Stop telling people to go to your website.
I have a serious problem with people who tell me to go to their website.
I just got off an email where the person said, “I encourage you to go to the website to learn more.”
Now I feel dumb. I won’t ever call them back because I already went to the website…and I still didn’t understand and have questions. I went to your website FIRST and that’s why I emailed you. And I guess I’m a dummy.
And then I vowed to myself to never tell anyone that again.
Because at that moment, during a conversation or email, your customer is already engaged with you and your brand and asking more questions. If they’ve reached out, it’s your chance to fully walk through the conversation and help them…not to assume they haven’t gone to the website to let your online presence do all the talking to them. In fact, that’s pushing people in the WRONG direction.
We use social media and websites to encourage people to email and call. If you’re doing the opposite: people have called and emailed and you’re sending them in the opposite direction…you’re doing it wrong.
There are times when you have to send people back: perhaps you are a subscription service, but the best service I’ve seen is where they walk WITH you through subscribing online, or they ask for permission, “Can I sign you up while we are talking on the phone?”
Perhaps it was a moment for me where my stress levels are through the roof and I’m feeling pretty impatient, but then I have to remember, how many clients and customers are the same as me, short and stressed and tense and calling or emailing because they want quick and easy info. They’ve surfed the web and didn’t find the answer and now they are reaching out…what a golden moment!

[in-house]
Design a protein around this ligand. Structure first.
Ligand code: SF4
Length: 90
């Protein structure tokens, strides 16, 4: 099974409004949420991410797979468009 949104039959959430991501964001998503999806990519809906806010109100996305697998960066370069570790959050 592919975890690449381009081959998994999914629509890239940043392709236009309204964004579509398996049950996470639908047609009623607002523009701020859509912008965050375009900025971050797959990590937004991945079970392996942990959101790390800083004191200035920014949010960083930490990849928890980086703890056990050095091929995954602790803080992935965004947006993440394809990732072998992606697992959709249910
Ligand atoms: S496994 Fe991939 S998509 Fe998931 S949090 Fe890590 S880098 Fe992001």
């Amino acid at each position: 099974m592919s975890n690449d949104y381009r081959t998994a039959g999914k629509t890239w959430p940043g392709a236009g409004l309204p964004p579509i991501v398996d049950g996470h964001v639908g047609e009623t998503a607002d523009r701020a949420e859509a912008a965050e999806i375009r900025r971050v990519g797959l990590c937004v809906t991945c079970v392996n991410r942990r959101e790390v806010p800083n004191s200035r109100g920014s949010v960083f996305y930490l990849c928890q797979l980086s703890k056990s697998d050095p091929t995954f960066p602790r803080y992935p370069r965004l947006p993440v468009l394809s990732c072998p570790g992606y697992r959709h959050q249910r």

A comment like “I encourage you to visit the website,” is a conversation killer.
If they answer yes, and the answer was there in an obvious place you’re just pointing out how stupid they are. If it isn’t on the website and you referred them back, then your site didn’t do its job and you are reminding the customer that you don’t have time for them. Which one do you prefer the customer choose? Door A? or Door B? Isn’t that our goal as a business…to be snide and make our customers feel bad about themselves?
Have you been to the website is just a poor question. “I encourage you to visit the website” is just as bad.
Let’s assume all our customers have been there. Let’s face it, they’ve reached out and emailed or called us. Why would you leave a potential sale hanging?